The four star Mellieha Bay hotel is situated at the northern end of the tiny thirty kilometre long island so this meant that it was convenient for the port of Ċirkewwa which provides a regular ferry crossing service to the neighbouring island of Gozo just five kilometres away via the Gozo Ferry Line Service.
The white ferry boats with blue and yellow livery run almost continuously during the peak summer months so after we got off the bus at a bleak functional strip of baking tarmac there wasn’t too long to wait for the first ferry to arrive and we joined the pushing impatient crowd to get on board and find a seat on the top deck in the hot morning sun and as soon as it was fully loaded it cast off and began the thirty minute crossing to Gozo.
The crossing took us close to the third of the Maltese islands in the archipelago, the tiny islet of Comino, which except for a couple of hotels is virtually uninhabited for most of the year. We were to return here later in the week but for now we just watched it slip by on the starboard side of the boat as the throaty diesel engines kept a steady course for Gozo and the ferry cut a foamy path through the water. On the top of the island we could make out the previous fortress of St Mary’s Tower that was built by the Knights of St John to protect the Malta to Gozo crossing from pirates and attack and which was more recently used in the 2002 film, The Count of Monte Cristo to represent the prison Château d’If.
There had hardly been time to settle down in our seats on board when the ferry began to approach the port of Mgarr and began to manoeuvre into position ready for disembarkation. Mgarr was thankfully a lot more attractive than Ċirkewwa and in the shelter of the walls the iconic multi-coloured fishing boats of Malta, called Luzzu were swaying idly in the limpid water of the harbour.
There was now an undignified rush to get off the ferry which was entirely similar to the lack of organization that accompanies a Greek ferry arrival in port and we were squeezed down the steps and jostled through the bow doors and into the car park where buses were waiting and taxi drivers were pestering for business. We wanted to go to the capital Victoria but the bus looked crowded and so, because I knew it wasn’t very far, I foolishly allowed myself to be talked into a taxi by a persuasive cabbie.
It was immediately obvious that a short ride to Victoria was the last thing he wanted and he was looking for a much more profitable fare. He lied that the capital was mostly closed today so we would be disappointed and he suggested an escorted island tour instead. He was probably the brother of the Karrozzin driver in Mdina and had been tipped off that I was a bit of a pushover. He ignored our repeated instructions and set off instead on his preferred itinerary and towards the east coast village of Xaghra where he promised windmills and Megalithic temples.
The last thing my teenage children wanted were windmills and Megalithic temples but once there he made the mistake of stopping and letting us out for a closer inspection and it was now that we took our opportunity to be rid of him and we told him that we no longer required his services, paid, what I am certain was an inflated fare, and the with a collective sigh of relief looked for a bus stop.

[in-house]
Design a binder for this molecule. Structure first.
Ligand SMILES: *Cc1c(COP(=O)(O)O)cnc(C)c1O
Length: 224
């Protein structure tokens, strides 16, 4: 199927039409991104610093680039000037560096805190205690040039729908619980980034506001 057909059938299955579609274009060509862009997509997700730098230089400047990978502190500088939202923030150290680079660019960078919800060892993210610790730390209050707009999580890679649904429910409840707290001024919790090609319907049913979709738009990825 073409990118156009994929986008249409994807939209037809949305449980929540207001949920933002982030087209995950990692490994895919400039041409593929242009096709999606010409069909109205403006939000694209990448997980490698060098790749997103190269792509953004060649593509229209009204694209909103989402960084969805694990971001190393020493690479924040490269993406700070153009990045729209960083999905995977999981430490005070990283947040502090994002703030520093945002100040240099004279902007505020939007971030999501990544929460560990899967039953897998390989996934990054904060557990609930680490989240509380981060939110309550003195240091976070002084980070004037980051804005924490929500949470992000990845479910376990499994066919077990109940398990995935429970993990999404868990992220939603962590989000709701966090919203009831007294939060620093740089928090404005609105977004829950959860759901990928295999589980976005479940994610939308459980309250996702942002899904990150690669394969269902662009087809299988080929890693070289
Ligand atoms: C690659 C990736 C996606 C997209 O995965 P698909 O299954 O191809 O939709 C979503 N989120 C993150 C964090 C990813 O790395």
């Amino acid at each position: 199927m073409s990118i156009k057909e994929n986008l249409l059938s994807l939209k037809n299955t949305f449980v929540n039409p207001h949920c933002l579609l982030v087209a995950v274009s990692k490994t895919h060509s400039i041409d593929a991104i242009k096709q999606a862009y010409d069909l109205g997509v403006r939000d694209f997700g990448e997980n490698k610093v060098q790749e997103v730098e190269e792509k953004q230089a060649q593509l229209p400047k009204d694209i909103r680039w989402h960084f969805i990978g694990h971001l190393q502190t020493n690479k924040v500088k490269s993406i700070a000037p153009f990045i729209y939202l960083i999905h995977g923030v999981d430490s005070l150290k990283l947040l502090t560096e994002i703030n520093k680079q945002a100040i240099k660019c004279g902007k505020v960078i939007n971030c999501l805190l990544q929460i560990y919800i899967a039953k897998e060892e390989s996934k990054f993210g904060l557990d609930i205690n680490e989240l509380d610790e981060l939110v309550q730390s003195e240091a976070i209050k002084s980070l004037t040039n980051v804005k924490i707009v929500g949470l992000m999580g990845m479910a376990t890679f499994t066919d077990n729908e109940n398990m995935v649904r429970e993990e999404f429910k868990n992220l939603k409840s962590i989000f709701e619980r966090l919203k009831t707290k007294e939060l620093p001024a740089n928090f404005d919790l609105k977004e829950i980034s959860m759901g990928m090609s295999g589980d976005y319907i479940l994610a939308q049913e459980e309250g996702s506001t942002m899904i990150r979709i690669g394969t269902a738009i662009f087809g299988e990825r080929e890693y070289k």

It didn’t take long for a grey and red bus (grey and red to distinguish Gozo buses from the Orange of Malta) with the sun glinting off of its immaculate chrome bumpers to come along and we climbed on board past the heavily decorated drivers seat which he shared with pictures of his favourite Saints and swinging rosary beads hanging from the window blinds, paid our fare and with unspoken relief found some vacant seats.
Jonathan in particular liked these buses but he had a preference for the older ones with a manual gear shift that required body-builder muscles to be able to select a gear and on one occasion he insisted that we reject a bus that he considered far too modern (it was clearly from the 1960s) and he made us wait a while longer at the bus stop until the growling engine of a 1950s version pulled up which he then declared suitable.
It didn’t take very long to get to Victoria which of course wasn’t closed, there was a lively street market and all the adjacent shops and restaurants were busy and open for business. Victoria is an odd name that stands out amongst the villages and towns in Arabic sounding Maltese. The reason for it is that in 1897 the British renamed the town to commemorate Queen Victoria’s Diamond Jubilee but some die-hard islanders continue to resent this and still call it by its old name of Rabat and Rabat, I think, sounds a lot more appropriate.
The centre of Victoria turned out to be rather too busy for me but the quiet backstreets were shady and quiet and we wandered around the maze of alleyways until we re-emerged back in the centre, visited the cathedral and walked the walls and ramparts of the old Citadel with its fortifications and old cannons and explored tiny side-streets until it was time to make our way back to the bus station and return to the ferry port at Mgarr for a late afternoon ferry back to Malta.
We enjoyed Gozo, it was different to Malta, quieter, greener and a bit slower and when I go back to the islands, as I am certain I will, this will be a place that will definitely be on my ‘must return to’ list.